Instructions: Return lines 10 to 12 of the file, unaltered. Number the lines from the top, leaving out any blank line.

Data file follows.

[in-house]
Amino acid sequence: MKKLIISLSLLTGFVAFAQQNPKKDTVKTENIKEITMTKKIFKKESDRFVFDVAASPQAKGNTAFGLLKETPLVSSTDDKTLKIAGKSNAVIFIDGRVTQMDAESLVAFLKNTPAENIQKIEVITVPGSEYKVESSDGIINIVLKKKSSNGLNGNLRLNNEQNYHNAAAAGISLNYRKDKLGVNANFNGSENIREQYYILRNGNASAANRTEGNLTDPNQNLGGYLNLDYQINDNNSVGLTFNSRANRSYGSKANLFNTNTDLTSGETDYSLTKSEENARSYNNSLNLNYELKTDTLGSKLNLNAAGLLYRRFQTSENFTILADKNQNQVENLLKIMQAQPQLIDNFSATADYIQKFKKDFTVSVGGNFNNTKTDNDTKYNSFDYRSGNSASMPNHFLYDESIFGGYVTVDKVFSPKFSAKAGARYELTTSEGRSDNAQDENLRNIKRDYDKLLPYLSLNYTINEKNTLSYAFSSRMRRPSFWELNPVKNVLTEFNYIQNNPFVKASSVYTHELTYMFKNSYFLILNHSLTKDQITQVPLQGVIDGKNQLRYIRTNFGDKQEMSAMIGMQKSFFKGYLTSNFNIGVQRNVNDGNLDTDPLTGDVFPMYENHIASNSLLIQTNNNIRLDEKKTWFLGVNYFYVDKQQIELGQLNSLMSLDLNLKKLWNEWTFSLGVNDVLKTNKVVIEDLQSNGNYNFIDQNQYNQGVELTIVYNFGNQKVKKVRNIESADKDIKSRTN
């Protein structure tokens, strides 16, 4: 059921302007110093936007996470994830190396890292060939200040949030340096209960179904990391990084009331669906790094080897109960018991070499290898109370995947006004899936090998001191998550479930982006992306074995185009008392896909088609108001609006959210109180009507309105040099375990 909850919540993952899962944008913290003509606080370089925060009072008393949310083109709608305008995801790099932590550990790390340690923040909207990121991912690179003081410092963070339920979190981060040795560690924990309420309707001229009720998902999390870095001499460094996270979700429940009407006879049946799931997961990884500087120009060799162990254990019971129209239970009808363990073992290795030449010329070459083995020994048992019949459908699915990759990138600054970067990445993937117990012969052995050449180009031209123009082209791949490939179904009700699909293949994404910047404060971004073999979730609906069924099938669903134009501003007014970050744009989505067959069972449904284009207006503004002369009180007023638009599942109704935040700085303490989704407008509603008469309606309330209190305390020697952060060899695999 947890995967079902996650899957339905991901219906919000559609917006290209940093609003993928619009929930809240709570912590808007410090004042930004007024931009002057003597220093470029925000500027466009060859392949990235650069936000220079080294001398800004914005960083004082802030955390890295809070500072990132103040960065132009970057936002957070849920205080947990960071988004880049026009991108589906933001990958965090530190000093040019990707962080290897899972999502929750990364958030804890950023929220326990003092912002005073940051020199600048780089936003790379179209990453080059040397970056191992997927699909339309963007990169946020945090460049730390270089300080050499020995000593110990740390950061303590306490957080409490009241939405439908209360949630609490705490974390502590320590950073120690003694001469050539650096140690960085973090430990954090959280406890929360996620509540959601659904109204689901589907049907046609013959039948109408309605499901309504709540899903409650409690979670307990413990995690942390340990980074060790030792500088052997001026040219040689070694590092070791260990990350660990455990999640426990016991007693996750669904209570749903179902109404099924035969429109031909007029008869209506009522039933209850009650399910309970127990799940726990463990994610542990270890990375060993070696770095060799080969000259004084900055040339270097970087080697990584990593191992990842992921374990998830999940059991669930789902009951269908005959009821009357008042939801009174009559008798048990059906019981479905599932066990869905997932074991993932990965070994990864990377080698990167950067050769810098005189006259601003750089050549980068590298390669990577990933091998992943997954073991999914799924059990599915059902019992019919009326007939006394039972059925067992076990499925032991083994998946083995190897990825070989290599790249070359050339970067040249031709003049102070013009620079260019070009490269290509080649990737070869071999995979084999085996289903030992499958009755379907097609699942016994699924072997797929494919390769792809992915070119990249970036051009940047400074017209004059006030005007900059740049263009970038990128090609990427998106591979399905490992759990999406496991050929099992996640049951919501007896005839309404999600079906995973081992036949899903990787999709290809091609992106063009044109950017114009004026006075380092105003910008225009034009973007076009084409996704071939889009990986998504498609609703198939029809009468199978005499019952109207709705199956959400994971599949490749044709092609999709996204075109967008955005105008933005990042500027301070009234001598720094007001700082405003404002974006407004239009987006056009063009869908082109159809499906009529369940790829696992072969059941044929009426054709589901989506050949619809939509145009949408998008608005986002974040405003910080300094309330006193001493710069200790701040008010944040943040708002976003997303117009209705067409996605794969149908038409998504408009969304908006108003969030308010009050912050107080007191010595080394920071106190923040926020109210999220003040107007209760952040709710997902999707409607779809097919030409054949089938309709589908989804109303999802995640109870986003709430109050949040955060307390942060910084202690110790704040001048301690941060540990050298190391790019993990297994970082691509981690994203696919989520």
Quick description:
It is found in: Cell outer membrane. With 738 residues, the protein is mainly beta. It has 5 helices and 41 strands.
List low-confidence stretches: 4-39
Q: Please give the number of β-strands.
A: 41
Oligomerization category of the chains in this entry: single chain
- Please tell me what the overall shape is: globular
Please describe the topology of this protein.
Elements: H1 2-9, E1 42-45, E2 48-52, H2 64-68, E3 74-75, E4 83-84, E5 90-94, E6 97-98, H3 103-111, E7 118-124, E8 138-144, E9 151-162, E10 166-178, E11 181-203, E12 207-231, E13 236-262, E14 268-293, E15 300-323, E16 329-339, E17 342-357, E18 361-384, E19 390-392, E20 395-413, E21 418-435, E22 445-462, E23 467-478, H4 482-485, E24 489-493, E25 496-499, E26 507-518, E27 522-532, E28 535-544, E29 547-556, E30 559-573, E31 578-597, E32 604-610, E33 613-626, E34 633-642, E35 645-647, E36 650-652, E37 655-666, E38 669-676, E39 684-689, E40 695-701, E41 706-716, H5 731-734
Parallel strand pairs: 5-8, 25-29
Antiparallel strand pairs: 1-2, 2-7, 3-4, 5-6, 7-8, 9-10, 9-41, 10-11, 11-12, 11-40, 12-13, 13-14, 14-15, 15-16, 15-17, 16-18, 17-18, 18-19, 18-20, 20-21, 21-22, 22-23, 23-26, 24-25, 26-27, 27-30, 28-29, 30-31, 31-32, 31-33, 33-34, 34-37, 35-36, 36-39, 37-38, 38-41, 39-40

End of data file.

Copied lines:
- Please tell me what the overall shape is: globular
Please describe the topology of this protein.
Elements: H1 2-9, E1 42-45, E2 48-52, H2 64-68, E3 74-75, E4 83-84, E5 90-94, E6 97-98, H3 103-111, E7 118-124, E8 138-144, E9 151-162, E10 166-178, E11 181-203, E12 207-231, E13 236-262, E14 268-293, E15 300-323, E16 329-339, E17 342-357, E18 361-384, E19 390-392, E20 395-413, E21 418-435, E22 445-462, E23 467-478, H4 482-485, E24 489-493, E25 496-499, E26 507-518, E27 522-532, E28 535-544, E29 547-556, E30 559-573, E31 578-597, E32 604-610, E33 613-626, E34 633-642, E35 645-647, E36 650-652, E37 655-666, E38 669-676, E39 684-689, E40 695-701, E41 706-716, H5 731-734